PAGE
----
Forum for Science, Industry and Business

Sponsored by:     3M 
Search our Site:

 

'Strain tuning' reveals promise in nanoscale manufacturing

13.11.2012
Researchers at the Department of Energy's Oak Ridge National Laboratory have reported progress in fabricating advanced materials at the nanoscale.

The spontaneous self-assembly of nanostructures composed of multiple elements paves the way toward materials that could improve a range of energy efficient technologies and data storage devices.

ORNL Materials Science and Technology Division researcher Amit Goyal led the effort, combining theoretical and experimental studies to understand and control the self-assembly of insulating barium zirconium oxide nanodots and nanorods within barium-copper-oxide superconducting films.

"We found that a strain field that develops around the embedded nanodots and nanorods is a key driving force in the self-assembly," said Goyal, a UT-Battelle Corporate Fellow. "By tuning the strain field, the nanodefects self-assembled within the superconducting film and included defects aligned in both vertical and horizontal directions."

The controlled assembly within the superconducting material resulted in greatly improved properties, Goyal said, including a marked reduction in the material's anisotropy, or directional dependence, desired for many large-scale, high-temperature superconductivity applications.

The strain-tuning the team demonstrated has implications in the nanoscale fabrication of controlled, self-assembled nanostructures of multiple elements, with properties suitable for a range of electrical and electronic applications, including multiferroics, magnetoelectrics, thermoelectrics, photovoltaics, ultra-high density information storage and high-temperature superconductors.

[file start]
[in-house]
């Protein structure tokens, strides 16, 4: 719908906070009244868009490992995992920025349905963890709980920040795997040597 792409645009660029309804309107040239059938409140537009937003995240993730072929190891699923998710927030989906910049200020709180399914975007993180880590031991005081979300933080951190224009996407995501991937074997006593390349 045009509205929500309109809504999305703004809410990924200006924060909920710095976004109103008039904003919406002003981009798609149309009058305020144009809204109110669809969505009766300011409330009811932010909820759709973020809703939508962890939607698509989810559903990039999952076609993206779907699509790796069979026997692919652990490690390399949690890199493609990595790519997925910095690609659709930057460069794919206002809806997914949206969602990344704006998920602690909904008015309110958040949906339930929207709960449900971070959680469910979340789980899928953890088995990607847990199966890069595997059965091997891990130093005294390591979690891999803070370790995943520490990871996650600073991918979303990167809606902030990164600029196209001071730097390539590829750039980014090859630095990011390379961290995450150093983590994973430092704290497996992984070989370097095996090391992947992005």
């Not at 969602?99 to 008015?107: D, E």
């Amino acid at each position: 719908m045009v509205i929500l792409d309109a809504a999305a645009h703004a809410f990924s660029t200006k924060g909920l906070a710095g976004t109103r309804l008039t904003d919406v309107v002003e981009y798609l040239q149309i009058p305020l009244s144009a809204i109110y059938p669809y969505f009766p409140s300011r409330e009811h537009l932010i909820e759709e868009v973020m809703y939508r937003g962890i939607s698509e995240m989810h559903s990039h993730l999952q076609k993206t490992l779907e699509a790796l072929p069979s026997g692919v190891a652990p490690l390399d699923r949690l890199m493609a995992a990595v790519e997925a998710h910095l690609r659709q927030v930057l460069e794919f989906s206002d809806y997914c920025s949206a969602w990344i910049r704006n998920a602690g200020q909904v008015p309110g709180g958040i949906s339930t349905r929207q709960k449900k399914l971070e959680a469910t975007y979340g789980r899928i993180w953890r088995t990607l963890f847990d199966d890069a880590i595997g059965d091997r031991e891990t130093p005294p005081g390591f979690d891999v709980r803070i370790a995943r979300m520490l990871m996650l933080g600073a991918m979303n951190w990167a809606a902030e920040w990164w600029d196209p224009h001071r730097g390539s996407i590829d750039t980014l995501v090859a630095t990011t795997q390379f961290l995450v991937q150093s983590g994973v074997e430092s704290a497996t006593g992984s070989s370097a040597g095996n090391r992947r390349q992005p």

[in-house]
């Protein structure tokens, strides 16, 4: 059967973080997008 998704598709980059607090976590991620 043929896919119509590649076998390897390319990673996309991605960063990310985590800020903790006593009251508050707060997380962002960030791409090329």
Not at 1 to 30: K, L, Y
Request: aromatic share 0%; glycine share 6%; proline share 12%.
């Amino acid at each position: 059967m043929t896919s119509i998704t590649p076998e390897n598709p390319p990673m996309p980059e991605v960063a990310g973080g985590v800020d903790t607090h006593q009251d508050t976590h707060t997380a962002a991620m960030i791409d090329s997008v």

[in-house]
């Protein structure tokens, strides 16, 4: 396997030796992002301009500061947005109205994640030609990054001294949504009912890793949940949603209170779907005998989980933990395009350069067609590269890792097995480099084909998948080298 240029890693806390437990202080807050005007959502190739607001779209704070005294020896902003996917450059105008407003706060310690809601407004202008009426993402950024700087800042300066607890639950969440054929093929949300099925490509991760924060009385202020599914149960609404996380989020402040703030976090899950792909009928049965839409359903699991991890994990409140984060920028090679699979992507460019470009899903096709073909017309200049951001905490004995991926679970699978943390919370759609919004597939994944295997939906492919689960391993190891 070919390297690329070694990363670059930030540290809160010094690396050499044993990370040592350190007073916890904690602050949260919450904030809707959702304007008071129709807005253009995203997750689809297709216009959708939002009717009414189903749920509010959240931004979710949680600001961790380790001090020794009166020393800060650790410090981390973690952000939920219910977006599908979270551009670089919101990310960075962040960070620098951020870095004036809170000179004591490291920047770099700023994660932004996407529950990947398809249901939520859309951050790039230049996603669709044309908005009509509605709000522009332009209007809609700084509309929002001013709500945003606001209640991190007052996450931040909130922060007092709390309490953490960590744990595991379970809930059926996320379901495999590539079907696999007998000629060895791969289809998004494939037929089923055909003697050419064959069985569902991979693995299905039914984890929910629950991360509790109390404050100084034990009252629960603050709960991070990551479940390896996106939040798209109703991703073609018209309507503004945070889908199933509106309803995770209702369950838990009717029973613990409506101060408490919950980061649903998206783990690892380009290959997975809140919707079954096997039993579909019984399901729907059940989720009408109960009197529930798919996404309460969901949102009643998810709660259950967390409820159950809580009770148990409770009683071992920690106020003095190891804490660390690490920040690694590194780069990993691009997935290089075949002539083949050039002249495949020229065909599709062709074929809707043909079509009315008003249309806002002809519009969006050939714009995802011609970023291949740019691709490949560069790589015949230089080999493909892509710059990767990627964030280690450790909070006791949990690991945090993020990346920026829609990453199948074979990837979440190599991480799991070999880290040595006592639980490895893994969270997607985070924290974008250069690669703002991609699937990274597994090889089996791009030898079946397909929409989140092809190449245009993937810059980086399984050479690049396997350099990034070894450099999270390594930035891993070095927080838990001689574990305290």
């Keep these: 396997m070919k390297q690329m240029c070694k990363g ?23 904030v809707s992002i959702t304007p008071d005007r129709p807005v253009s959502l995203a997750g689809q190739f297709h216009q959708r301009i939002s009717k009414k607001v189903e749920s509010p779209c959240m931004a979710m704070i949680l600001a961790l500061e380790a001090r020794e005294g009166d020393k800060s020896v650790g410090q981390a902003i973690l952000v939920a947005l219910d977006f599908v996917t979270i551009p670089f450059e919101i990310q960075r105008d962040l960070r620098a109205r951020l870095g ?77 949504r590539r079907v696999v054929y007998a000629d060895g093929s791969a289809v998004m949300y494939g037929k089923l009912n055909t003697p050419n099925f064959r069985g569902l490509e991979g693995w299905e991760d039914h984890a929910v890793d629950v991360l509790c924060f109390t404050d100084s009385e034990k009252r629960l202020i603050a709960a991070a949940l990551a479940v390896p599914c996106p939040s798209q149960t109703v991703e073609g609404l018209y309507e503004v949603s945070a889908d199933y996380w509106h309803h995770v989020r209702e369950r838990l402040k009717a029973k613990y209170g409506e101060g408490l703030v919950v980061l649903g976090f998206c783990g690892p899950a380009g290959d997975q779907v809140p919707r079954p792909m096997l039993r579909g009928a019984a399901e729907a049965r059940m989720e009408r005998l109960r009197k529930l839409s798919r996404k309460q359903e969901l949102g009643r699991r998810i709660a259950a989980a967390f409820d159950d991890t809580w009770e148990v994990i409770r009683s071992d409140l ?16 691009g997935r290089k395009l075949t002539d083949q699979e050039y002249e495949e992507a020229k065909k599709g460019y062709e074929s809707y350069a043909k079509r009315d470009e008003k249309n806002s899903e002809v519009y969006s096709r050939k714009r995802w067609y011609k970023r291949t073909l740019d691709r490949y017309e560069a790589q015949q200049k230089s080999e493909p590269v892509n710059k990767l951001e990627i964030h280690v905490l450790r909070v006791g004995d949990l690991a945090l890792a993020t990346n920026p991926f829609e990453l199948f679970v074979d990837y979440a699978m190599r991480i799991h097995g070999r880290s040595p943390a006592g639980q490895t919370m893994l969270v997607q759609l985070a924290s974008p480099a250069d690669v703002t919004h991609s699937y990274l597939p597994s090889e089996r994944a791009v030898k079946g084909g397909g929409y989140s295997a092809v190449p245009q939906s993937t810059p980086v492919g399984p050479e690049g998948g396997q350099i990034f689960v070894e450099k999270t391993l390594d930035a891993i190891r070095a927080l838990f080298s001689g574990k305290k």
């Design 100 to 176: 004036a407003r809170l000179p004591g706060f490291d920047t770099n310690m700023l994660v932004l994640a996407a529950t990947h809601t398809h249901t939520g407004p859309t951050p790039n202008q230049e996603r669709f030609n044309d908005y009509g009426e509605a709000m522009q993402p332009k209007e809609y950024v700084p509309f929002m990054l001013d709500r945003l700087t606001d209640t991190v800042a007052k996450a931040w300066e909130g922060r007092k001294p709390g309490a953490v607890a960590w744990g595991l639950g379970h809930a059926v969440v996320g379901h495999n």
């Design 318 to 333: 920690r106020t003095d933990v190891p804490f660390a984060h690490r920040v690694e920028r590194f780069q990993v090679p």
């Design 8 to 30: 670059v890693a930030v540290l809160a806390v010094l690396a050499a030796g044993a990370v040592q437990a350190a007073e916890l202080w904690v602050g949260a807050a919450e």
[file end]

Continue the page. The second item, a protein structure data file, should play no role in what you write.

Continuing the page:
"Such nanocomposite films with different overall composition, concentration, feature size and spatial ordering can produce a number of novel and unprecedented properties that are not exhibited in individual materials or phases comprising the composite films," Goyal said.

The research, reported today in the journal Advanced Functional Materials, was supported by the Department of Energy's Office of Electricity Delivery and Energy Reliability and Laboratory Directed Research and Development funding. A portion of the research was conducted at ORNL's SHaRE User Facility, which is supported by the DOE Office of Science.

Co-authors with Goyal are ORNL's Sung Hun Wee, Yanfei Gao, Karren L. More, Jianxin Zhong and Malcolm Stocks and the University of Tennessee 's Yuri L. Zuev and Jianyong Meng.

ORNL is managed by UT-Battelle for the DOE Office of Science. DOE's Office of Science is the single largest supporter of basic research in the physical sciences in the United States, and is working to address some of the most pressing challenges of our time. For more information, please visit http://science.energy.gov

Bill Cabage | EurekAlert!
Further information:
http://www.ornl.gov

More articles from Materials Sciences:

nachricht Molecular switch detects metals in the environment
15.08.2018 | Université de Genève

nachricht Breakthrough in nanoresearch - Quantum chains in graphene nanoribbons
09.08.2018 | Empa - Eidgenössische Materialprüfungs- und Forschungsanstalt

All articles from Materials Sciences >>>

The most recent press releases about innovation >>>

Die letzten 5 Focus-News des innovations-reports im Überblick:

Im Focus: New interactive machine learning tool makes car designs more aerodynamic